Moving up in competition level has brought new challenges for Lilly. She has adjusted and toughened her training. She is being pushed more in meets. She will go to another Grand Prix meet in Charlotte, N.C., May 10-12. She must get used to these new challenges as she moves toward the dream of swimming for the USA in the 2016 Olympics.

Lilly seems suited for the kind of push in training and competition she will have to make during the next couple of years. “Her mom and I both were competitive athletes in college, and we both agreed, Lilly is able to be goal-focused,” Mark says. “I don’t think she gets distracted. She has goals she wants to reach, and for kids going through that process, it can be stressful. But she can put that aside and go for what she has trained for.”

After she finished second in the IHSAA State Meet, she told her mother she realized how much more dry-land work she was going to have to do. It wasn’t an easy thing to admit. “First of all, she hates the dry-land exercises we do,” Hart says. “Our club philosophy strongly focuses on improving the athlete, not just the swimmer. That is agility, strength, and power. While she doesn’t like it, she still does it with a mission. She realizes that it will help her to her goals.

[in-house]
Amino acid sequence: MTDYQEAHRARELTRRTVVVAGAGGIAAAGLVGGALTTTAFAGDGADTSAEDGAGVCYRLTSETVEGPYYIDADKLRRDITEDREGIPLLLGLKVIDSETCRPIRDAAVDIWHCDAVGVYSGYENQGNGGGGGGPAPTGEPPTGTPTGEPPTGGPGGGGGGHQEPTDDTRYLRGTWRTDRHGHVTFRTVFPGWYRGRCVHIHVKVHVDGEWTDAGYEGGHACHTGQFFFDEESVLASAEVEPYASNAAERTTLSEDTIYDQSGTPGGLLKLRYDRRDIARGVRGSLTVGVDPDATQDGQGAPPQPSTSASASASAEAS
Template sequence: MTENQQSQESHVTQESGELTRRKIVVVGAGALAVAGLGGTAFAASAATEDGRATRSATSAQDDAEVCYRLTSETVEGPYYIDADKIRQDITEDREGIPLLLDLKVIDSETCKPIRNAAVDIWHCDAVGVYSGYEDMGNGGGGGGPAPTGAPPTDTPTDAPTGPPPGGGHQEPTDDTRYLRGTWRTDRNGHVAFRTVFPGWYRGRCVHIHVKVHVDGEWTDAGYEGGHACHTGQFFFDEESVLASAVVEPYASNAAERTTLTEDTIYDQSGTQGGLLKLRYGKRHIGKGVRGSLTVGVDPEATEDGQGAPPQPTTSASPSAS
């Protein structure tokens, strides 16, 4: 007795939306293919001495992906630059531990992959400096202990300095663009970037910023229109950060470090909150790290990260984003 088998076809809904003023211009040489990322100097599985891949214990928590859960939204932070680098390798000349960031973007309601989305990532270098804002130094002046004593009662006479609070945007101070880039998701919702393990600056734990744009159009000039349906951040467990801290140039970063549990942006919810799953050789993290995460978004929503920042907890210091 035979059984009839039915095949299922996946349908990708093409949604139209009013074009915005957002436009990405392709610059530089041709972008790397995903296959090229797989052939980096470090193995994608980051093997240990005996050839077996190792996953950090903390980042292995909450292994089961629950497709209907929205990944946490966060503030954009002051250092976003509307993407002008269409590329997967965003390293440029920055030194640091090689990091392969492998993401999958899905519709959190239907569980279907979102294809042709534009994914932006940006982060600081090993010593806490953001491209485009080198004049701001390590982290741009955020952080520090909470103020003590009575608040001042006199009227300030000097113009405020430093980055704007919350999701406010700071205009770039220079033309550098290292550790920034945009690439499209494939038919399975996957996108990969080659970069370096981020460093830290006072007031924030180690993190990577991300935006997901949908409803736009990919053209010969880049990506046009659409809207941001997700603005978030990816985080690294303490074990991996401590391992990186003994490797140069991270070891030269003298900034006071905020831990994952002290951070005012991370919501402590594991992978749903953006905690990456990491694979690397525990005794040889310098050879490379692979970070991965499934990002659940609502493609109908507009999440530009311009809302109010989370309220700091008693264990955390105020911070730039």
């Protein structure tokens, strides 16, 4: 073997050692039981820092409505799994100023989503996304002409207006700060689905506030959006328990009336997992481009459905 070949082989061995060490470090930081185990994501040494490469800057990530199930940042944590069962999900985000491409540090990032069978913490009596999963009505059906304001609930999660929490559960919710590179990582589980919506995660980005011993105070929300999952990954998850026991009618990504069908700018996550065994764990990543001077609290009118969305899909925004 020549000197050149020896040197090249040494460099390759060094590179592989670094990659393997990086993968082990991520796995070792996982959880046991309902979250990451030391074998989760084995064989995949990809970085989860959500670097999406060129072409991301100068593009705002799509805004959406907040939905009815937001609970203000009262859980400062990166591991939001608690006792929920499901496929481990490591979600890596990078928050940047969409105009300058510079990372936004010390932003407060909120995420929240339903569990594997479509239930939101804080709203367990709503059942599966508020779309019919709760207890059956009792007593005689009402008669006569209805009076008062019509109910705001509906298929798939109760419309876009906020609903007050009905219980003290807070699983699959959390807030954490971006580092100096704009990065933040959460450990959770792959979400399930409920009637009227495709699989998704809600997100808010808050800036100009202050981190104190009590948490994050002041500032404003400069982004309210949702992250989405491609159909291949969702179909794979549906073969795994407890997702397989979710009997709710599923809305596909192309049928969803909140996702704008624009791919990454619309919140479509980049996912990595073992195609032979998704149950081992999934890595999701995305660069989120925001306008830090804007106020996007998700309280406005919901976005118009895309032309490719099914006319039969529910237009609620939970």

“The water is a different story. She loves to compete, in practice and in meets. It is this quality that is really hard to teach. She hates to lose. I think that mentality is what drives her and has been a pretty significant part of her success.”

A high level of competitiveness has always been part of Lilly’s personality as well.

She is more tenacious, more focused (in the water), says Michael Chapman, who coached Lilly through her age-group years and is an age-group coach with the Sea Creatures. “I don’t think I ever coached a kid who hates to lose as much as she does. I think it is part of who she is.”

“She won her first (Indiana Swimming) age-group state championship when she was 12, and that was a wake-up call for her, that she can be really good. I’ve seen kind of a step forward in terms of how hard she’s worked, how much she’s thought about strokes and technique, and it’s a natural progression of working hard and getting better every year.”

Her coaches — mainly Baumeyer and Hart, and Chapman before this past season — have always strived to work together in coordinating practice regimens for Lilly. “Her coaches all make things work for what works for her, and as a parent that is nice to see,” Ginny says. “She’s got a lot of people working for the best for her.”